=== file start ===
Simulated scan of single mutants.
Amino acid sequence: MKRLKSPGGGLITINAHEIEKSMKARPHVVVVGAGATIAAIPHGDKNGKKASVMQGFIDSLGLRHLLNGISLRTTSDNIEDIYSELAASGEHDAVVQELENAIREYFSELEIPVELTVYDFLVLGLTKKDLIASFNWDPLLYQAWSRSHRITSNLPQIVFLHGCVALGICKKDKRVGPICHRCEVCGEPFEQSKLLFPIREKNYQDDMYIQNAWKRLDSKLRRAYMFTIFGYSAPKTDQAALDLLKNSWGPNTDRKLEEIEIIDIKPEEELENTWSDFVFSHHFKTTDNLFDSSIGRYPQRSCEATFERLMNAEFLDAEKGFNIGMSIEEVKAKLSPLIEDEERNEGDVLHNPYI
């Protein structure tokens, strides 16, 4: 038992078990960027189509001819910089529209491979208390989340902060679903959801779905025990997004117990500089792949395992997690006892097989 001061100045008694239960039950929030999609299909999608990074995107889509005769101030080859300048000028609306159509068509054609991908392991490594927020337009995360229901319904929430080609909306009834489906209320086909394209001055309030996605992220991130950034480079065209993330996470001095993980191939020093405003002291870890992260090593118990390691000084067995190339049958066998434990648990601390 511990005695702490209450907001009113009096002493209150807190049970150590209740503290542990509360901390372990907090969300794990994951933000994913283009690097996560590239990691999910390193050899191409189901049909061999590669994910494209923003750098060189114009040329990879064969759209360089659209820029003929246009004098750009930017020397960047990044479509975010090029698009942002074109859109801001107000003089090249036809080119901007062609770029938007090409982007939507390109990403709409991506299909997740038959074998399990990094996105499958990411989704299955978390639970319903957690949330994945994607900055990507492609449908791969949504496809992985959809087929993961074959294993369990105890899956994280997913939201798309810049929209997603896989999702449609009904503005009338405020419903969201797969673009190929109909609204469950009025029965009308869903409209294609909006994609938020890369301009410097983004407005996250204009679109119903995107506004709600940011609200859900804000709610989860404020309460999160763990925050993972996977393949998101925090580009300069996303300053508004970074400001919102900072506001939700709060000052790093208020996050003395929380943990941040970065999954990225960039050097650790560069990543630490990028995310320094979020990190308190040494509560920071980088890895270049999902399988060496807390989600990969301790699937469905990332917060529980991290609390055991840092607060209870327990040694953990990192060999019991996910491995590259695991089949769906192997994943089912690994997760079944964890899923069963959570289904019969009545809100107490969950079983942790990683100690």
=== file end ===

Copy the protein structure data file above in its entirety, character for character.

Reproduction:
Simulated scan of single mutants.
Amino acid sequence: MKRLKSPGGGLITINAHEIEKSMKARPHVVVVGAGATIAAIPHGDKNGKKASVMQGFIDSLGLRHLLNGISLRTTSDNIEDIYSELAASGEHDAVVQELENAIREYFSELEIPVELTVYDFLVLGLTKKDLIASFNWDPLLYQAWSRSHRITSNLPQIVFLHGCVALGICKKDKRVGPICHRCEVCGEPFEQSKLLFPIREKNYQDDMYIQNAWKRLDSKLRRAYMFTIFGYSAPKTDQAALDLLKNSWGPNTDRKLEEIEIIDIKPEEELENTWSDFVFSHHFKTTDNLFDSSIGRYPQRSCEATFERLMNAEFLDAEKGFNIGMSIEEVKAKLSPLIEDEERNEGDVLHNPYI
């Protein structure tokens, strides 16, 4: 038992078990960027189509001819910089529209491979208390989340902060679903959801779905025990997004117990500089792949395992997690006892097989 001061100045008694239960039950929030999609299909999608990074995107889509005769101030080859300048000028609306159509068509054609991908392991490594927020337009995360229901319904929430080609909306009834489906209320086909394209001055309030996605992220991130950034480079065209993330996470001095993980191939020093405003002291870890992260090593118990390691000084067995190339049958066998434990648990601390 511990005695702490209450907001009113009096002493209150807190049970150590209740503290542990509360901390372990907090969300794990994951933000994913283009690097996560590239990691999910390193050899191409189901049909061999590669994910494209923003750098060189114009040329990879064969759209360089659209820029003929246009004098750009930017020397960047990044479509975010090029698009942002074109859109801001107000003089090249036809080119901007062609770029938007090409982007939507390109990403709409991506299909997740038959074998399990990094996105499958990411989704299955978390639970319903957690949330994945994607900055990507492609449908791969949504496809992985959809087929993961074959294993369990105890899956994280997913939201798309810049929209997603896989999702449609009904503005009338405020419903969201797969673009190929109909609204469950009025029965009308869903409209294609909006994609938020890369301009410097983004407005996250204009679109119903995107506004709600940011609200859900804000709610989860404020309460999160763990925050993972996977393949998101925090580009300069996303300053508004970074400001919102900072506001939700709060000052790093208020996050003395929380943990941040970065999954990225960039050097650790560069990543630490990028995310320094979020990190308190040494509560920071980088890895270049999902399988060496807390989600990969301790699937469905990332917060529980991290609390055991840092607060209870327990040694953990990192060999019991996910491995590259695991089949769906192997994943089912690994997760079944964890899923069963959570289904019969009545809100107490969950079983942790990683100690």